Leaking into the Future

This entry is part 12 of 15 in the series Psychohistory

Liminality is hard to navigate, and one can be forgiven for flailing gracelessly when attempting to do so. What makes me impatient though, is people not even recognizing liminality when it is all around them. People continuing to march into non-existent futures, like non-playable characters (NPCs) in video games making walking motions with noses pressed up against impenetrable walls. When there’s masses of such people all around, the liminal turns into the surreal. I made up a visualization to try and get at this sense of surreal mass obliviousness to liminality.

It’s not complete, and you could argue with the particular patterns of forks and merges I have illustrated, but the important thing is the topological structure, and the cowpath-like tracks leaking away from the entire paved system, in a fundamentally new direction. History hasn’t just been knocked off course; our normal processes for constructing history have been knocked out. What I called the Plot Economy in my March 9 post (has it already been 2 months? Wow!) has shut down. Collectively losing the plot means our ability to keep a constructed sense of historical time going has shut down.

Instead of “progressing” or “declining” into a future mapped out over decades, from within the safety of grand narratives shared with millions, we are leaking into the future, one day at a time, sans narrative support.

Though the graphic is titled Industrial Ideological Highway System, this post is not about ideologies, but about how we construct our larger sense of historical time through a process I call ideological simulation.

Time as Ideological Simulation

In brief our sense of the future, of time stretching out ahead of us, can be understood as institutional social realities perpetuating themselves indefinitely into the future. This happens through the medium of humans within them performing a large set of time-construction behaviors. These behaviors range from going to work 9-5 and celebrating weekends, to contributing to retirement savings plans, to voting in elections every 4 years. They range from productive to unproductive, and from purely utilitarian to purely ceremonial. What they have in common is that through being enacted, they continuously refresh and validate specific assumptions and expectations about the past and future, thereby creating an inhabitable sense of both.

This is time — historical time — as ideological simulation.

You do not need to believe in an ideology to participate in its simulation and the resultant ongoing construction of a specific sense of historical time. If you work a 9-5 job, and contribute to a retirement plan (like the 401(k) in the US), you help simulate an industrial ideology 60 years out, even if you don’t “believe” in it. Even if you yearn for a paleo hunter-gatherer lifestyle and indulge in versions of it on weekends. The very fact that such yearnings are time-boxed into “weekends” makes them part of industrial ideological simulation.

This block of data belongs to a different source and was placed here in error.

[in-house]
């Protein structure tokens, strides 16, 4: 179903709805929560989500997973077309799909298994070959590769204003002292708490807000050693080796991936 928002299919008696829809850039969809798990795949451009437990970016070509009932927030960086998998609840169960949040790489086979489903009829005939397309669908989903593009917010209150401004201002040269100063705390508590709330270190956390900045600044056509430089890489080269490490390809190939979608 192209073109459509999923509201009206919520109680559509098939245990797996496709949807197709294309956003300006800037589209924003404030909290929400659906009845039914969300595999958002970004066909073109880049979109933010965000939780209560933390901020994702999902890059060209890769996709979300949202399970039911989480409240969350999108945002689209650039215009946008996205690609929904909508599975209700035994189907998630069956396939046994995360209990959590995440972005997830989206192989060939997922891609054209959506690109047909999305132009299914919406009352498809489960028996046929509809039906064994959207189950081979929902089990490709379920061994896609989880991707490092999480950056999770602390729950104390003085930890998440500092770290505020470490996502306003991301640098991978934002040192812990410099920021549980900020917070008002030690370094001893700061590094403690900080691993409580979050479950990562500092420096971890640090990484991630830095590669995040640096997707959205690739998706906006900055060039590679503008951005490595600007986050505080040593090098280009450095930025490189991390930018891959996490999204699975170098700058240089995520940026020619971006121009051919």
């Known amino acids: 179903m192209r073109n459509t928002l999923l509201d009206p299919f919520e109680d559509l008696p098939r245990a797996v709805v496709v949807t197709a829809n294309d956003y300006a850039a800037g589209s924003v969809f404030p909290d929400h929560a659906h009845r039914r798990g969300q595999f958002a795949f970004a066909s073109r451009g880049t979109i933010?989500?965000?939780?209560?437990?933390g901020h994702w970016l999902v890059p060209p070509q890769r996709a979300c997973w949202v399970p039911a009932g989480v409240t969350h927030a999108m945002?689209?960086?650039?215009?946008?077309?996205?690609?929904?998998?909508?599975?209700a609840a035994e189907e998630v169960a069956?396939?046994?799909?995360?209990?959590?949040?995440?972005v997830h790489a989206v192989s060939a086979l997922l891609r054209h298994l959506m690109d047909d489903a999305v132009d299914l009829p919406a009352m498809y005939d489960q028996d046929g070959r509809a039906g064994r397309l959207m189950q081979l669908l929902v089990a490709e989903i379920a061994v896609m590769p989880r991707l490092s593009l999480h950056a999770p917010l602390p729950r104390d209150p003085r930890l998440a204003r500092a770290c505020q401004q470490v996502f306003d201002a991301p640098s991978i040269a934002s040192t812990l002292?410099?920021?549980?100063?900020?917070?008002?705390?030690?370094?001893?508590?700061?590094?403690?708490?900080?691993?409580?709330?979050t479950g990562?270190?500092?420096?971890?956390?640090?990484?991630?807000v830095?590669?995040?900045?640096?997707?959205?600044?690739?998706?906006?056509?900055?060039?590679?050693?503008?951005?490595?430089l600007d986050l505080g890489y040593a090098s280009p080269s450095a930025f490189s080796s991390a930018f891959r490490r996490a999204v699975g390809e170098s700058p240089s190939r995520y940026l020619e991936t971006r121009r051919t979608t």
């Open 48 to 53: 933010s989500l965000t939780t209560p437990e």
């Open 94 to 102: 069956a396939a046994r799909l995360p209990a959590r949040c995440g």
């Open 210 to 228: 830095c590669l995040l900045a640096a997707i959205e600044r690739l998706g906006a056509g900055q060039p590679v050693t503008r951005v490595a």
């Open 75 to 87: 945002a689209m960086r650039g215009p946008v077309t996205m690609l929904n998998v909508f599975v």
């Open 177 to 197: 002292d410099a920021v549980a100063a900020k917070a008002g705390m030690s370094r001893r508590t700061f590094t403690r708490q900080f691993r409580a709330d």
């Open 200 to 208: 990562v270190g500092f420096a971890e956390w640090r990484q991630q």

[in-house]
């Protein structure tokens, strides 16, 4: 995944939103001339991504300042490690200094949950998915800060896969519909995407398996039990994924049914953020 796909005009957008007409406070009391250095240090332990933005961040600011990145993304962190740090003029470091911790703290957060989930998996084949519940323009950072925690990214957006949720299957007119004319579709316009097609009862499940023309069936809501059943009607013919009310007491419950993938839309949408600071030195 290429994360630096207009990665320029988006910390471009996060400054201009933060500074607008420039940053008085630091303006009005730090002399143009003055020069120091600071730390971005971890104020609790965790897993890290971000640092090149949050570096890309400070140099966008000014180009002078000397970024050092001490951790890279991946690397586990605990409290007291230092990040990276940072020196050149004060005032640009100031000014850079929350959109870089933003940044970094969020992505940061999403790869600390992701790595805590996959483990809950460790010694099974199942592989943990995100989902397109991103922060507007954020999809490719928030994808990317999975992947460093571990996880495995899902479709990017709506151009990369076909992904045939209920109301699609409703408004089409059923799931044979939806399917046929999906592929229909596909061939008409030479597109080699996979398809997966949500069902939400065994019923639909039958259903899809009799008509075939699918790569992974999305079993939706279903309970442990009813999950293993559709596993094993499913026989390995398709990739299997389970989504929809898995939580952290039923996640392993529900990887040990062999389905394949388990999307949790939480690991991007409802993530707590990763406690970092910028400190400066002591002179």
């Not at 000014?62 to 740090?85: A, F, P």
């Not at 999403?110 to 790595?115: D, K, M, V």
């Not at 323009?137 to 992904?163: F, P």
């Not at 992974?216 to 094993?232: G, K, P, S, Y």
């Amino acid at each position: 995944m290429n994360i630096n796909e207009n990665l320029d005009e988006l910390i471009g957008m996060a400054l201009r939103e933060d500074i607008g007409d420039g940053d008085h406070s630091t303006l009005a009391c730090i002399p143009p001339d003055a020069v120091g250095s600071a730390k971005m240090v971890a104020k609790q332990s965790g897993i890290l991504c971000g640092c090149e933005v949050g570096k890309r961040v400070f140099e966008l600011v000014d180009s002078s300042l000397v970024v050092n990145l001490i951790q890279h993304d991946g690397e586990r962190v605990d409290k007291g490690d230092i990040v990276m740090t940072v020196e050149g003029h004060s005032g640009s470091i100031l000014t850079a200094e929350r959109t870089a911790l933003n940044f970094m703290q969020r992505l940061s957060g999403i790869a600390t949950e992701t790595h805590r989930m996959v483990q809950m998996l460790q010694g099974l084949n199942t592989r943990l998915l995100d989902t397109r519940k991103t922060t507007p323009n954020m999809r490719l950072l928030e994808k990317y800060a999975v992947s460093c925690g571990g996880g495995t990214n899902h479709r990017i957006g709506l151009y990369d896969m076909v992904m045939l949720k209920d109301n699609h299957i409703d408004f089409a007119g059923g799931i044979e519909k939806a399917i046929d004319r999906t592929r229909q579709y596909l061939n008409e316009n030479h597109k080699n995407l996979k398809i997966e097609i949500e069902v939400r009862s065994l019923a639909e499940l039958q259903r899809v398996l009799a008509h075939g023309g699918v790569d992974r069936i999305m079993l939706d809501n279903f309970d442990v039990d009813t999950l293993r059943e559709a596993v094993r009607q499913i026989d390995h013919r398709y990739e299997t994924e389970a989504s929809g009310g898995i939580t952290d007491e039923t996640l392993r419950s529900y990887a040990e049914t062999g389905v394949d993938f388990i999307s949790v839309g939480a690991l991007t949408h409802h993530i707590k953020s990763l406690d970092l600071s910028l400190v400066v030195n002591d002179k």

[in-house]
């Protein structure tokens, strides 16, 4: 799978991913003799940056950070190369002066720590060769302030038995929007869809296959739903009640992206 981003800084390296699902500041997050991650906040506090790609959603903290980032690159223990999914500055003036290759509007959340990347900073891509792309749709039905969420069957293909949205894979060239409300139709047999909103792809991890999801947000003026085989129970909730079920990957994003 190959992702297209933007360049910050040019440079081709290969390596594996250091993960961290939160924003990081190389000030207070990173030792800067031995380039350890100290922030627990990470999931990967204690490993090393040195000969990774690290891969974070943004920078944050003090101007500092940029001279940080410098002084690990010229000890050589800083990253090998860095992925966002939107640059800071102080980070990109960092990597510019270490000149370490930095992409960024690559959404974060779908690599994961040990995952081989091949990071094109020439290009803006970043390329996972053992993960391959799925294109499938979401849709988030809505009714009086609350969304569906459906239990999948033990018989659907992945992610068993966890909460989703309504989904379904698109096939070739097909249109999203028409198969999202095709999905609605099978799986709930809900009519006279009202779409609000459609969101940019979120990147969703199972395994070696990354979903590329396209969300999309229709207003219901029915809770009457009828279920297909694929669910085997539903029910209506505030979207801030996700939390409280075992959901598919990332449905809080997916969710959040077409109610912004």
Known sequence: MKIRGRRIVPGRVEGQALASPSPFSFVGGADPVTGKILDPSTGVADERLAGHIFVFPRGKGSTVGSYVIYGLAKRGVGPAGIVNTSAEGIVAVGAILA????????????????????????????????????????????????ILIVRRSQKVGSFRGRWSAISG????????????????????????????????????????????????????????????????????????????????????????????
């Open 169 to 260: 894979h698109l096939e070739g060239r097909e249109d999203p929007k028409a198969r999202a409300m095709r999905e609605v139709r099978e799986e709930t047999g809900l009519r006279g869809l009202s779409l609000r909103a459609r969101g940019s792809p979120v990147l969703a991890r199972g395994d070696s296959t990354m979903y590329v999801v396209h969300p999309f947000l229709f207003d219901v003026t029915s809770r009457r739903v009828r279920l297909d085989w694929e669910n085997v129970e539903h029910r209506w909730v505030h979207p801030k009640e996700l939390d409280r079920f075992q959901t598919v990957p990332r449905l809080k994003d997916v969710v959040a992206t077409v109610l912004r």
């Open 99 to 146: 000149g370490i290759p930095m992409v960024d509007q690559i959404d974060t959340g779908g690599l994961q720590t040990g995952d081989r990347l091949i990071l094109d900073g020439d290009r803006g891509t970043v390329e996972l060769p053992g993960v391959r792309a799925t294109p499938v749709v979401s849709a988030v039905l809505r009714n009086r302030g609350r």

This is in fact what makes ideologies so valuable. They are social reality simulation engines that don’t just predict particular possible futures and offer them up as objects of aspirational striving, but in fact create our sense of historical time.

There is no such thing as an unlabeled, unpaved sense of the future. To the extent that we can think of, say, the year 2049 at all, and viscerally experience our temporal condition as a point in a trajectory passing through that year, we can only do so in the context of one or more ideological simulations (in my case, that is the year I will turn 65 and be eligible for social security — assuming I am still alive, the US still exists, and the social security system is still solvent. There’s a lot of assumptions baked into every ideological simulation). 

I dare you to prove me wrong — try to imagine and narrate 2049 without an ideological simulation context.

It isn’t possible.

It may take you some work to back out the ideological assumptions underlying your design fictions and technological speculations, but they are there. The Jetsons projected the nuclear family — and therefore industrial traditionalism — into the future. The Matrix projected pay-phones — and therefore large-scale corporatism — into the future. The Mad Max movies projected armed post-oil conflict — and therefore a version of Hobbesian social darwinism — into the future.

This is not a deep point, just an important one. Such simulations are at the heart of my definition of temporality — which I informally define as architecture in time. We construct temporalities out of scripted behaviors, based on assumptions about the past and future, just as we construct buildings out of steel and concrete.